A Cluster System to Achieve Scalability and High-Availability with Low TCO

The authors describe a commercialized version of the Linux Virtual Server.
Recovery from Failure

If a component fails, the configuration files stored in the floppy can be used to restore the system. The EMS station generates two types of configuration files, an EMS backup copy and a backup copy for the EDS unit. When the EMS station fails and a replacement unit is brought in, the EMS can be easily restored with the backup floppy for the central management station.

If the master EDS fails, a replacement unit can be booted with the EDS backup copy to restore it to an appropriate state. When the EDS backup copy does not exist but the EMS backup copy does exist, a set of configuration files are generated for the EDS unit using the EMS station.

When the EPS unit fails, a replacement EPS unit may not be configured or populated with the web contents. Therefore, as it boots up, it contacts the load balancer via DHCP to obtain its IP address and necessary configuration information. If its configuration file is older than that on the EDS or is nonexistent, the appropriate configuration files are copied to the EPS via HTTP. After receiving the configuration file, the web server configures itself automatically and mounts the web contents via the Coda server. Consequently, there is no need to explicitly configure the web server or to copy the web contents.


The boot-up process consists of two phases. In the first phase, a mini OS is booted, and in the second phase, the main OS is invoked. After the mini OS is booted, it locates the main OS to invoke. The mini OS is stored in a partition of the filesystem that is different from the main OS. This two-phased approach increases the chance of stability even if the main OS gets corrupted or is not available. This boot-up applies to all the EMS, EDS and EPS units in the cluster.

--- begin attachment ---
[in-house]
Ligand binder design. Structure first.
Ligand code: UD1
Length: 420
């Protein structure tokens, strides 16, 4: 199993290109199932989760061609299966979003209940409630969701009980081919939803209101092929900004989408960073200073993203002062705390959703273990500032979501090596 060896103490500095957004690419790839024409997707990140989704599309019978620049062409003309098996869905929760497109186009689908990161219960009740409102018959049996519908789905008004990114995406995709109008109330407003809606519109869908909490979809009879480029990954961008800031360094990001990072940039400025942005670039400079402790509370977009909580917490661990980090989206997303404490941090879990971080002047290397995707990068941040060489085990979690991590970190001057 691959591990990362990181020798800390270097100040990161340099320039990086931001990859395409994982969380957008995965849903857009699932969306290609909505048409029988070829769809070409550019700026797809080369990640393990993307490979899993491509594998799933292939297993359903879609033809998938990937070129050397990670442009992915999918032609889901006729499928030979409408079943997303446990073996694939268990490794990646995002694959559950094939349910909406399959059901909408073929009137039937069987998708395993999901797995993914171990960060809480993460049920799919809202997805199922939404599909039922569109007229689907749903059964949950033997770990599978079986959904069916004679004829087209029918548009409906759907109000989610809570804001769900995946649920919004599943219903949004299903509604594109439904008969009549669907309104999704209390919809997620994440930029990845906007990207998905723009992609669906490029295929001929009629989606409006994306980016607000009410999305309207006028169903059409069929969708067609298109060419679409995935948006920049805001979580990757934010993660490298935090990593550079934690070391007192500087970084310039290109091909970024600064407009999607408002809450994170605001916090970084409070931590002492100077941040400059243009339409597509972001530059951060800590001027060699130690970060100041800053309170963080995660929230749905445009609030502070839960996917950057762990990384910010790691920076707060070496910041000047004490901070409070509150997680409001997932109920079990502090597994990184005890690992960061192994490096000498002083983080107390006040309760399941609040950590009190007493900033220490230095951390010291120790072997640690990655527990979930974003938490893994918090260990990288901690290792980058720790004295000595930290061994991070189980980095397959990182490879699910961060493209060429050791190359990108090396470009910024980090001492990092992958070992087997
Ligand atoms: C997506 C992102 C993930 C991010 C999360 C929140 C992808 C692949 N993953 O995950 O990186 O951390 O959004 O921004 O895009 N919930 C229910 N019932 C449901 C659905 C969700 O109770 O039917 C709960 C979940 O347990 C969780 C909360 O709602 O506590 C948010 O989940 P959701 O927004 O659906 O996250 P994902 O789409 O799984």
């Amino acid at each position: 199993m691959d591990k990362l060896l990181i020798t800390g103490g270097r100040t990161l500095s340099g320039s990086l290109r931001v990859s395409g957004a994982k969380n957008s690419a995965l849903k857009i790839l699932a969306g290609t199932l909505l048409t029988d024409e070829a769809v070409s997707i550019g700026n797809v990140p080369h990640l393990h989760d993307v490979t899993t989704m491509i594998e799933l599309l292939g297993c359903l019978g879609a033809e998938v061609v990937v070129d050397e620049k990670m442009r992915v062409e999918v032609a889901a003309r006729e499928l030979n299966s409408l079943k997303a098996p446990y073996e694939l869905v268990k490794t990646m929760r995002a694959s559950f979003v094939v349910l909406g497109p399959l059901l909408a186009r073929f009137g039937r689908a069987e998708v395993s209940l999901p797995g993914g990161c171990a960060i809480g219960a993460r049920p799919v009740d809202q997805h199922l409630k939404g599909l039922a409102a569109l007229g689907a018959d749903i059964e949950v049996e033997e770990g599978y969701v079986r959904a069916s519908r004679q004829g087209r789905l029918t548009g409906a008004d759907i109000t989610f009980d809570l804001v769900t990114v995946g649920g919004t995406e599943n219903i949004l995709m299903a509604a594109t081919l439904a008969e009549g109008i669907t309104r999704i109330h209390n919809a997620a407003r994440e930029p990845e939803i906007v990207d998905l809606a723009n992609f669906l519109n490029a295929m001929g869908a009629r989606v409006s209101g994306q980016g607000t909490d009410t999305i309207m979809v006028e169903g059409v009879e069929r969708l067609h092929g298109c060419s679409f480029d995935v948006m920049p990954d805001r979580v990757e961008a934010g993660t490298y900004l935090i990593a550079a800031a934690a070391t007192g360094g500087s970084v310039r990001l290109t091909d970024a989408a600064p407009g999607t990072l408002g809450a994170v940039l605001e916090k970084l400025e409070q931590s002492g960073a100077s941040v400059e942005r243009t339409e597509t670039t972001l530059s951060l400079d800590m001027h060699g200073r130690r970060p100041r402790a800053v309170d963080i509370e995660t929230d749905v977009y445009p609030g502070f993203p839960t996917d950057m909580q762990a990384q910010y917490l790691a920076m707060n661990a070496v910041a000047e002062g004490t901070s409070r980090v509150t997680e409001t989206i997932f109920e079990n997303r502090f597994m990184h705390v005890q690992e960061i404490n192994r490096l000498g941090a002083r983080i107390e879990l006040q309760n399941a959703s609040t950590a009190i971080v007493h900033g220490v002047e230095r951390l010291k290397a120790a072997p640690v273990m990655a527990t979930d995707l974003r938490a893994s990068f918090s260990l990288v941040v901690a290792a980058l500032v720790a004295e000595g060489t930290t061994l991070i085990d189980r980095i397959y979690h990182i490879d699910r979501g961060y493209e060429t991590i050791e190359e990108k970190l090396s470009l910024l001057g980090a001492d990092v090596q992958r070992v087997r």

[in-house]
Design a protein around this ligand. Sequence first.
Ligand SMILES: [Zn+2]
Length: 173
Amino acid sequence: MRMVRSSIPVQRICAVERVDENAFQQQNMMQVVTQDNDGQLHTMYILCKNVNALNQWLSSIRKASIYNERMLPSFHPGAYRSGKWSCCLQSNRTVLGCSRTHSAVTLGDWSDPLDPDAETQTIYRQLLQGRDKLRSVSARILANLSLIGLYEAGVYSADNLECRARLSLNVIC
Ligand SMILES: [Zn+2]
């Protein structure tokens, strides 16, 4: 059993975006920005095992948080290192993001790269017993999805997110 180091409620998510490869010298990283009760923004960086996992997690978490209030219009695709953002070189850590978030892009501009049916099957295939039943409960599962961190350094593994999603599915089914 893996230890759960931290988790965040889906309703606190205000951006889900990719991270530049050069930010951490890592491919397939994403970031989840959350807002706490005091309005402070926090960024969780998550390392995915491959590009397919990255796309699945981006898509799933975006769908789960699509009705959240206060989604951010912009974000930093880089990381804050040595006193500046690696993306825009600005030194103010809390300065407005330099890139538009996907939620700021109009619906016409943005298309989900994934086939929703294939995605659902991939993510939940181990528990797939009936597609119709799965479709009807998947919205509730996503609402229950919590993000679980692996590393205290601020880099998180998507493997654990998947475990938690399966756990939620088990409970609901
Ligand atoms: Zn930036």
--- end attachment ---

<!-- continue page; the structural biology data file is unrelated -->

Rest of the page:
In the future, if the main OS is not available or is corrupted, the mini OS will locate an appropriate version from somewhere like EMS . The mini OS can be stored in a removable Flash memory which would protect the mini OS from corruption or deletion, as the mini OS would not be stored on the same medium as the main OS.

The boot-up feature can also be used for OS upgrades. An OS upgrade would be performed via the EMS unit. It would automatically push the necessary files to the EPS units. When the OS upgrade is required on an EPS unit, the mini OS is booted. The mini OS would then receive the new OS and install it on top of the old OS, completing the OS upgrade.


The main purpose of partitioning is to divide a physical server pool into smaller logical server clusters. One physical load balancer acts as multiple logical load balancers for these logical server clusters. In other words, a given physical server cluster can be partitioned into many logical server clusters. Each logical cluster can have one or more VIPs. Furthermore, each VIP can support one or more virtual domains.

Figure 3. Partitioning to Create Multiple Logical Clusters

In the example in Figure 3, six physical servers are partitioned into three logical clusters, A, B and C. Cluster A may be assigned two VIPs, and each VIP may support five virtual domains. In this way, ten virtual domains are supported in logical cluster A. Cluster B may be assigned four VIPs, and each VIP may support three virtual domains, resulting in twelve distinct domains. The cluster C may be assigned only one VIP and may support only one domain. As seen in this example, different domain requirements can be supported with this flexible partitioning. Some domains may require a dedicated server with large space requirements, while other domains may be packed with many other domains. More servers can be added into Cluster C if the customer in Cluster C requires better performance, a practice known as "Pay as you grow". For this implementation, each web server is configured with an appropriate VIP on its loopback interface, while the eth0 interface of EDS is configured with all the VIPs used in the cluster.


A Coda client, an FTP server and an LDAP server are installed on the EMS unit for content uploading. The FTP server uses the LDAP server for authentication. When a new virtual domain is added, a Coda volume will be created in the Coda server, and a web Master account for the virtual domain will be added on both the Coda and the LDAP servers. The web Master account owns the Coda volume, and the Coda volume will be mounted as the home directory of the virtual domain on all web servers in the cluster . The administrator of the virtual domain can use the web Master account to login to the FTP server on the EMS station. Once an FTP session is authenticated, the Coda client on the EMS station will be authenticated for write access to the Coda server. Since the web Master account owns the Coda volume, the FTP session can write to the home directory of the virtual domain. Without authentication by the Coda server, each Coda client only has read-only access to the virtual domain home directory.